Saving jobs?

mercredi 2 décembre 2009 ·

I always reprimand protectionism and I find it somewhat tirying to always make the same basic case to protectionnist, so sometimes I just abandon the fight. However, I love when numbers pop out of nowhere to defend protectionism. A colleague of mine at the university believed he had to defend protectionnism for the sugar industry and said that in the United States, it was saving the jobs of thousands of Americans. He said something close to 2,000 individuals for the particular sugar industry. When I returned to the appartment, I decided to google that number and I found a piece in the Washington Times where the author quotes a research from the Institute for International Economics.

Basically, he was right, there are indeed two thousands jobs saved in the sugar industry. According to the study quoted, 2,261 jobs were saved in the 1990s thanks to quotas and tarriffs. However, since sugar is a pretty common input for several foodstuffs, the average household paid $21 more per year for sugar. Multiply that amount by the number of households in the United States and then divide it by the 2,261 jobs saved and you end up with a cost of $826 000 per job saved.

Now I hate to be a ballbuster (not really but lets pretend), if I wanted to create 2,261 jobs I could find considerably less costly ways of doing so, if those jobs were worth saving that is (a hard question to ask, and answer).

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Auteurs

Bryan Breguet est candidat au doctorat en sciences économiques à l’université de Colombie-Britannique. D’origine Suisse, il a passé les cinq dernières années au Québec au cours desquelles il s’est engagé en politique provinciale malgré le fait qu’il ne possédait pas encore la citoyenneté canadienne. Il détient un B.Sc en économie et politique ainsi qu’une maitrise en sciences économiques de l’université de Montréal. Récipiendaire de plusieurs prix d’excellences et bourses, il connaît bien les méthodes quantitatives et leurs applications à la politique.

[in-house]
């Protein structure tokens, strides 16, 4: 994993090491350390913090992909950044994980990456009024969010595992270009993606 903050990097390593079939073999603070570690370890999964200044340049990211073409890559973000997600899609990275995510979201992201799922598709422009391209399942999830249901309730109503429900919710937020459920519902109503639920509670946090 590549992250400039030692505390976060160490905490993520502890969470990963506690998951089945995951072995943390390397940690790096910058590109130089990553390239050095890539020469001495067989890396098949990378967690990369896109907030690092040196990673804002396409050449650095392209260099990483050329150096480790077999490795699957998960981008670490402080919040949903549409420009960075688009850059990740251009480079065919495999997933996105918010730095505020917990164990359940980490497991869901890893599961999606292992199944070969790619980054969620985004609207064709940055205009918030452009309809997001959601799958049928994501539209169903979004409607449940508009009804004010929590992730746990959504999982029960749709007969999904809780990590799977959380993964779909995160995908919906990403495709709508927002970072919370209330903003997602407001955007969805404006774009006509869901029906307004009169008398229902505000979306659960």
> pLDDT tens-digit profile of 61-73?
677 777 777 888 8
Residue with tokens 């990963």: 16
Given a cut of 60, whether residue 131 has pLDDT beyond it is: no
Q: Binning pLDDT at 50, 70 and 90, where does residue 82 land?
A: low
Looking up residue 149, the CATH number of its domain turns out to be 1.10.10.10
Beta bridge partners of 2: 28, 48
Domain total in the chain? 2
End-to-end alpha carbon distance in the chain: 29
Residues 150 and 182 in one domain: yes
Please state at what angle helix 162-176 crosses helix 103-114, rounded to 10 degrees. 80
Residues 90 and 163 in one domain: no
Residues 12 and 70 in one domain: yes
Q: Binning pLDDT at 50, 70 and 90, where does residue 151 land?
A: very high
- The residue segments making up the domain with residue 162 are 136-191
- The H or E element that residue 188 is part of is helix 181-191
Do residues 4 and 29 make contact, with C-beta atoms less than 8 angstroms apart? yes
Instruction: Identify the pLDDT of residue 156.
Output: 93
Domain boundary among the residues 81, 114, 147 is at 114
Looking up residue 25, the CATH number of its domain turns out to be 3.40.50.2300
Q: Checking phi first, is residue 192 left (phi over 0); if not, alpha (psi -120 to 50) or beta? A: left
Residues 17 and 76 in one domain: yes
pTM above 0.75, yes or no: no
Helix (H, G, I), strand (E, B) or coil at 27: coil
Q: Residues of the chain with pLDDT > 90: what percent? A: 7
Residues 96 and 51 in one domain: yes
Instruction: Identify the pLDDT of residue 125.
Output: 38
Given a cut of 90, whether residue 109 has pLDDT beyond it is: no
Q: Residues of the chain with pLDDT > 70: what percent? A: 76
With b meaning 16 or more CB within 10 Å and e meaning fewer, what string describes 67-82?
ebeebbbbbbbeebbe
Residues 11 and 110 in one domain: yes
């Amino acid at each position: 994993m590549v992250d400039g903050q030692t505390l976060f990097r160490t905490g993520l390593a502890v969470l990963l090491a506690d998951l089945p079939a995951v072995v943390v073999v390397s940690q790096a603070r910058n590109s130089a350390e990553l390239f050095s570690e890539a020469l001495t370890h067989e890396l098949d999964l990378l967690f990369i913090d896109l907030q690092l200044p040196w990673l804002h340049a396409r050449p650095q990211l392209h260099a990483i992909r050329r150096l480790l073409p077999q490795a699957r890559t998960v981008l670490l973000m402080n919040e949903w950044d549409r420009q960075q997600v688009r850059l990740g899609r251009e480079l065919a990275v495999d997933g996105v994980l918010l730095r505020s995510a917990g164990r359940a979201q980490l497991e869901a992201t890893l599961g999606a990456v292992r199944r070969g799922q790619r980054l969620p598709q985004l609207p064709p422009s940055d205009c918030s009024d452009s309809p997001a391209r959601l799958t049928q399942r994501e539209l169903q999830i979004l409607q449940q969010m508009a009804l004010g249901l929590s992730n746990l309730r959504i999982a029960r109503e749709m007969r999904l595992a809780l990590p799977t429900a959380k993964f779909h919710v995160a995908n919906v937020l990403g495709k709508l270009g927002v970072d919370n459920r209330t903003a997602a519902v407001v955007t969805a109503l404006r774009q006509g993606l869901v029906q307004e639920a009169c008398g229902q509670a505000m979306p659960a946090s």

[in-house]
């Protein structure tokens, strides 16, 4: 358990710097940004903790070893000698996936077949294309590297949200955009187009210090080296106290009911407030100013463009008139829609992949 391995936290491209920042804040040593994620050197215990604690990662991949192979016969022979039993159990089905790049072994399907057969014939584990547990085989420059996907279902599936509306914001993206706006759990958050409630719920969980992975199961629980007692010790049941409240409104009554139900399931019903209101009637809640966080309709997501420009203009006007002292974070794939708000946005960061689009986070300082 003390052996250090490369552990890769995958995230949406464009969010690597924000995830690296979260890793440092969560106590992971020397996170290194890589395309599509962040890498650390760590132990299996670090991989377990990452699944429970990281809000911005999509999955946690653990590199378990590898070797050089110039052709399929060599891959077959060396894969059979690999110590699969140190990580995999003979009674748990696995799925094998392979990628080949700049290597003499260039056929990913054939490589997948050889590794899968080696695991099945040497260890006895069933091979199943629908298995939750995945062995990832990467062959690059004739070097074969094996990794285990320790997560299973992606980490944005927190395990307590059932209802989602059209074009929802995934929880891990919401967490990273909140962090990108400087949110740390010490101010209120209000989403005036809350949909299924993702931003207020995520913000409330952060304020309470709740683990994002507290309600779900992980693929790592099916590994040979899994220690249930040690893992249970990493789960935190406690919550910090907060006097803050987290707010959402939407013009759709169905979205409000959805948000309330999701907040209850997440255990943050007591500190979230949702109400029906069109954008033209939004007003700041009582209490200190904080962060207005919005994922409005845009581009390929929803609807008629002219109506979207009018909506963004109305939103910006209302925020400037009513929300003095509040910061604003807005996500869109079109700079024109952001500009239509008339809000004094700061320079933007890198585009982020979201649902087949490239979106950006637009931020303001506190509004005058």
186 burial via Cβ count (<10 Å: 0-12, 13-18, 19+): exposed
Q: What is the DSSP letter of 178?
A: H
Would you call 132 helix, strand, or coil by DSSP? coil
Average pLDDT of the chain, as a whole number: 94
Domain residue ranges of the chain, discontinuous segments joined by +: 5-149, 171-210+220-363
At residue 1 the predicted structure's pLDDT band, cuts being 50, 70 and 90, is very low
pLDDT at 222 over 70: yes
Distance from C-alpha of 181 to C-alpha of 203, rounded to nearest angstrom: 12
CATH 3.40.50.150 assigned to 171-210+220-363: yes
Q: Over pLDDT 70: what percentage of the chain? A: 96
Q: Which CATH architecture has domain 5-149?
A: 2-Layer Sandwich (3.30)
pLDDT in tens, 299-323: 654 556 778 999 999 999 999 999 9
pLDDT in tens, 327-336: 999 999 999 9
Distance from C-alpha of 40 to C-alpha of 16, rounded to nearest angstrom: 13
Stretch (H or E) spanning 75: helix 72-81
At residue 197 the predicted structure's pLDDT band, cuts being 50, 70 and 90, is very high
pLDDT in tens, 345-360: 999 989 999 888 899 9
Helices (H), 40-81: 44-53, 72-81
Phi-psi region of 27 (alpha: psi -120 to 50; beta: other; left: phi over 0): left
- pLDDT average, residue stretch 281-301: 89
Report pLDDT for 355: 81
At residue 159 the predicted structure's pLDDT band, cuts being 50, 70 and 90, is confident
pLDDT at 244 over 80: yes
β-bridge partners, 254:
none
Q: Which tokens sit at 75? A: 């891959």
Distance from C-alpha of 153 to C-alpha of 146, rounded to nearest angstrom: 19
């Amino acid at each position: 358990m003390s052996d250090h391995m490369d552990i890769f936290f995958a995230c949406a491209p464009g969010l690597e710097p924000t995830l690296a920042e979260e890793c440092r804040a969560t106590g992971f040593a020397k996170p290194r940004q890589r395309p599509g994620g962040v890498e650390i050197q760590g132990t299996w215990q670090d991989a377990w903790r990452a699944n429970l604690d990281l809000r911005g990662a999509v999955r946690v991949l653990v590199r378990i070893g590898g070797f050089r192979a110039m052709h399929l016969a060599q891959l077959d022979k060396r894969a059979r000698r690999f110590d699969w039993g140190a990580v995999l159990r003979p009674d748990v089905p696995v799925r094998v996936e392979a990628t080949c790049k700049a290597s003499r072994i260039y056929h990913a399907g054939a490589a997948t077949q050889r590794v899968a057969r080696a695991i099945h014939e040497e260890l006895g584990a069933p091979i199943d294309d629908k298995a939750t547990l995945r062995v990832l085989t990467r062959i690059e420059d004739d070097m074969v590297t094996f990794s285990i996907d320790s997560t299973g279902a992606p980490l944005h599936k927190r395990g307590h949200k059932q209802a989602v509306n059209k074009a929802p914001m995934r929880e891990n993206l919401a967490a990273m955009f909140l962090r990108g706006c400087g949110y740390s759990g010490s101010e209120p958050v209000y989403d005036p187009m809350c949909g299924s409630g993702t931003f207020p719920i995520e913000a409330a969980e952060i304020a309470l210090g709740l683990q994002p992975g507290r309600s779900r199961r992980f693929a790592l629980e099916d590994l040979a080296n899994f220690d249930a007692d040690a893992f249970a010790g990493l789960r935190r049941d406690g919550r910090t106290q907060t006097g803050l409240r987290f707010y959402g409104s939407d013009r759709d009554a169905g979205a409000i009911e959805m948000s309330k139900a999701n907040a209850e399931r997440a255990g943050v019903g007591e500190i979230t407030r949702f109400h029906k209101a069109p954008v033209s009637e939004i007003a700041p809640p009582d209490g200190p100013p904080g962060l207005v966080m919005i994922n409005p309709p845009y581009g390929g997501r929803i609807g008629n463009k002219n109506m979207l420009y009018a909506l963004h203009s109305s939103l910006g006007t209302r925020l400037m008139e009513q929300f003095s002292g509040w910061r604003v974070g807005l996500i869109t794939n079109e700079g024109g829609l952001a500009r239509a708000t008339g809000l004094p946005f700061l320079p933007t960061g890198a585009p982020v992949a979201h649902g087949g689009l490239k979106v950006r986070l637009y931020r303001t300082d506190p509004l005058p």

Vincent Geloso holds a master’s degree in economic history from the London School of Economics, with a focus on business cycles, international development, labor markets in preindustrial Europe and the new institutional economics. His research work examined the economic history of the province of Quebec from 1920 to 1960. He holds a bachelor’s degree in economics and political science from the Université de Montréal. He has also studied in the United States at the Washington Centre for Academic Seminars and Internships. Mr. Geloso has been an intern for the Prime Minister’s cabinet in Ottawa and for the National Post. He has also been the recipient of a fellowship from the Institute for Humane Studies and an international mobility bursary from the Ministère des Relations internationales du Québec. Currently, he is an economist at the Montreal Economic Institute.

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